Tag Archives: bias binding

how to bind curves Stitching Rules

How to Bind a Curve

At some point in your sewing journey you’re going to want to know how to bind a curve – be it a neckline, armhole, quilt edge or even a seam. Curves can either be concave (like a neckline or armhole) or convex (like a corner or round item) Binding a curve differs from binding a straight edge in that the binding itself needs to be cut on the bias to flex enough to sit flat once finished. If you try to bind a curve with a binding cut on the straight of the grain it will not sit flat and you’ll hate it so much you’ll vow never to try binding again.

Here’s how to do it for a great result every time.  Start by finding the true bias of your fabric.finding true bias

Determine how wide your binding needs to be – keeping in mind that once you cut it the weave will cause the binding to become more narrow than you intended. Some fabrics will be worse than others for this – fabrics with a lot of movement in the weave such as chiffon, rayon or with a lot of drape will need to be cut wider to compensate. The black and white fabric below shows how much a bias strip will stretch once cut.bias stretch

It’s a good idea to trial a short length of bias to make sure its not too wide or narrow for your item. You can use the table below as a guide.

Bias Binding Cutting Guide

How wide to cut your bias strips to achieve a certain binding finish.
Finished width of bindingSturdy fabric
- little movement on bias
Fluid fabric
- lots of stretch on bias
Bulky edges
- when you have many layers creating a thick edge
 
6mm2.5cm3cm3cm
1cm4.5cm5cm5cm
1.5cm6.5cm7cm7cm

Join your binding, if needed, on the straight of the grain to distribute the bulk and to create a stronger seam.joining bias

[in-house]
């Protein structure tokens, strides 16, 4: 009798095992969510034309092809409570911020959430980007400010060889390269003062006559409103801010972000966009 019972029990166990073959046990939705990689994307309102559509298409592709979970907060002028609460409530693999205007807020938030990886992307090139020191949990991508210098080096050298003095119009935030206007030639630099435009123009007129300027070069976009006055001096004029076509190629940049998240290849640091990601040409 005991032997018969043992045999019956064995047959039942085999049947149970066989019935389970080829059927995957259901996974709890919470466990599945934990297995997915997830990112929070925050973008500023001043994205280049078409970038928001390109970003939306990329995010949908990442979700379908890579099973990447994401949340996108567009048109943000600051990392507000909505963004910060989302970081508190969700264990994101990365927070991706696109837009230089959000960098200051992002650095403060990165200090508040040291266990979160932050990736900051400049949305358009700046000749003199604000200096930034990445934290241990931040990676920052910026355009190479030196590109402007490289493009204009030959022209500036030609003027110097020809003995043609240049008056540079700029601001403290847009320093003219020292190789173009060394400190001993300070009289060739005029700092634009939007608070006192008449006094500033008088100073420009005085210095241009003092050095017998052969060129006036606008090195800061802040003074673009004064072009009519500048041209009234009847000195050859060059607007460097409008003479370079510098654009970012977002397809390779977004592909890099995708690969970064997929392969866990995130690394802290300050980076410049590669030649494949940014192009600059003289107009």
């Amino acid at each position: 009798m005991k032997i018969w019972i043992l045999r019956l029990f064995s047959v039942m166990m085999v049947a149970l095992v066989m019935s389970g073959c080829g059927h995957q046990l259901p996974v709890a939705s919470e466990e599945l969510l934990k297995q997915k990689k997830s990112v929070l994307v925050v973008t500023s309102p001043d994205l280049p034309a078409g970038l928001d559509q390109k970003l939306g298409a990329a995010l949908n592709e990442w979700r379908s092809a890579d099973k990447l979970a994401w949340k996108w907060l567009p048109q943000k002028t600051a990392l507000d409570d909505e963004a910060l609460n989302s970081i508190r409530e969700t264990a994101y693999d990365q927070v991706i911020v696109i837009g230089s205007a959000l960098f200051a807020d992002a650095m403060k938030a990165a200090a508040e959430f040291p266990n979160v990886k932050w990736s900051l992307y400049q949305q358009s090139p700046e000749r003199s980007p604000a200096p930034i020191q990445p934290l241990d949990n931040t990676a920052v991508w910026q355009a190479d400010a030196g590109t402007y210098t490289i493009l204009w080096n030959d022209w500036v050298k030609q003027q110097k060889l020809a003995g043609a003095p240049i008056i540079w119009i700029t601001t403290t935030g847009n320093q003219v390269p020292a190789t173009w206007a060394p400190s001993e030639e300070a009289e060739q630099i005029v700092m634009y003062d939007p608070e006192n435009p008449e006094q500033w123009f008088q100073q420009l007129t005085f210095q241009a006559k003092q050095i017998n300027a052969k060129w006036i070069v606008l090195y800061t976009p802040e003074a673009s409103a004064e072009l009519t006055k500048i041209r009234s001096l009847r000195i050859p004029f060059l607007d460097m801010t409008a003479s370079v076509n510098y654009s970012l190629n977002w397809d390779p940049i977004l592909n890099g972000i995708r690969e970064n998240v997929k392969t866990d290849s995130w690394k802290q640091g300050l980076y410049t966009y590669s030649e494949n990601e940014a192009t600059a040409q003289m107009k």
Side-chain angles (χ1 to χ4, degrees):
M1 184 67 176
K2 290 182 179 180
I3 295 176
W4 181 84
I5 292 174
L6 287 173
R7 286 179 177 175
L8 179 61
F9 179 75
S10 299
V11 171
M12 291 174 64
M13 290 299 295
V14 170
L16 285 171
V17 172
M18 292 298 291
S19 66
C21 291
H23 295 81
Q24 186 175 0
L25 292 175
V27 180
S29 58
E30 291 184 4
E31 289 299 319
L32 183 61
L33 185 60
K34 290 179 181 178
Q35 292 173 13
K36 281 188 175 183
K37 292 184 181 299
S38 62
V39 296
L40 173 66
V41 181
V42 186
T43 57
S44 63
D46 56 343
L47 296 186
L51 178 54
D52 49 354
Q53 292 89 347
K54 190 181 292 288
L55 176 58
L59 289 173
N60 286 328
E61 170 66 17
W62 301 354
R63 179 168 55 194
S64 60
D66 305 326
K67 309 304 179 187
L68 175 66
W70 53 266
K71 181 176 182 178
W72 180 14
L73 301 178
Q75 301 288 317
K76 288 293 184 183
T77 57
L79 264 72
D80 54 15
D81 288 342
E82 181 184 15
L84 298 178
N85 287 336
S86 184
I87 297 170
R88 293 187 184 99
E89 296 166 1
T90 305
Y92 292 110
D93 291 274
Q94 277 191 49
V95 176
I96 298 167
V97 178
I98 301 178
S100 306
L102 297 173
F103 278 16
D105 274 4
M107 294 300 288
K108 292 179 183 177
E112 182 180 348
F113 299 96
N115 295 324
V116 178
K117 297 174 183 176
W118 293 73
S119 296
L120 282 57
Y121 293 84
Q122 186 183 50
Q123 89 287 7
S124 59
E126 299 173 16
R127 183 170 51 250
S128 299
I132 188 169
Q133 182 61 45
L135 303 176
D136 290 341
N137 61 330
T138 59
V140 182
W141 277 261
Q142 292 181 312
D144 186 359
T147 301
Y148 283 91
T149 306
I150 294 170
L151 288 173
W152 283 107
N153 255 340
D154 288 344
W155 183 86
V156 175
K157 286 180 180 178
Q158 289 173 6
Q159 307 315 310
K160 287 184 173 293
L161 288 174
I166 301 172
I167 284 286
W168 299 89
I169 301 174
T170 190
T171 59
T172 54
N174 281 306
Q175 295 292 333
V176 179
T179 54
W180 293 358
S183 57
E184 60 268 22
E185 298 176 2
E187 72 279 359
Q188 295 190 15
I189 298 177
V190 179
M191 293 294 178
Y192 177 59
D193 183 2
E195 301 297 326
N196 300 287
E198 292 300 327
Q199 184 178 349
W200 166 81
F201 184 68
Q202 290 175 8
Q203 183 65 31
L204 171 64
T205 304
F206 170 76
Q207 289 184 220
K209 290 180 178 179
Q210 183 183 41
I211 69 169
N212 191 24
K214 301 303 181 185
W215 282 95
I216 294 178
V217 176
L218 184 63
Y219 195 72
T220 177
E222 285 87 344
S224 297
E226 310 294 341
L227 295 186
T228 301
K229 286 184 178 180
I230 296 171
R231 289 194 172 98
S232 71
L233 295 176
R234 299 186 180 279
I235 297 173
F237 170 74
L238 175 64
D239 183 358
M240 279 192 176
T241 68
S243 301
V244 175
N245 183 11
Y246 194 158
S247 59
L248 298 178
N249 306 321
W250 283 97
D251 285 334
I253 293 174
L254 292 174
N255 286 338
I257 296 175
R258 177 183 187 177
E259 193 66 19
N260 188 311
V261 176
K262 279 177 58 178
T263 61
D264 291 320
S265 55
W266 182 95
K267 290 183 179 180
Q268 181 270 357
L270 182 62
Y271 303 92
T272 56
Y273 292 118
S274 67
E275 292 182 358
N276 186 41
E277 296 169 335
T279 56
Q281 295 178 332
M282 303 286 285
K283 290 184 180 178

Binding a rounded corner (below) – pin the bias strip along the edge of your work with NO stretching.  The main thing to remember here is to ease the binding onto the edge of the garment – this gives the binding room to stretch over the outer edge.rounded corner

Binding a concave curve (below) – slightly stretch the bias strip onto the edge of your curve. This will help the curve hold its shape and stop it from stretching and distorting.joining to front

There are a few ways you can finish your binding.

Hand stitching – best for when the binding is sewn on the front and turned to the back of the item. Will give a clean finish with no visible stitching.

Top stitched (below) – best for items that will be washed a lot as it’s the strongest finish. Sew the bias strip to the back of the item and fold to the front twice to top stitch. finishing a rounded corner

Stitching in the ditch (below) – no visible stitching on the front, while being a strong finish for washing.stitch in the ditch

Once you’re done a good pressing will get rid of any wrinkles and you’ll be left with beautiful flat binding.

Pop back next week and I’ll show you how I mitre the corners and join ends to create an invisible finish.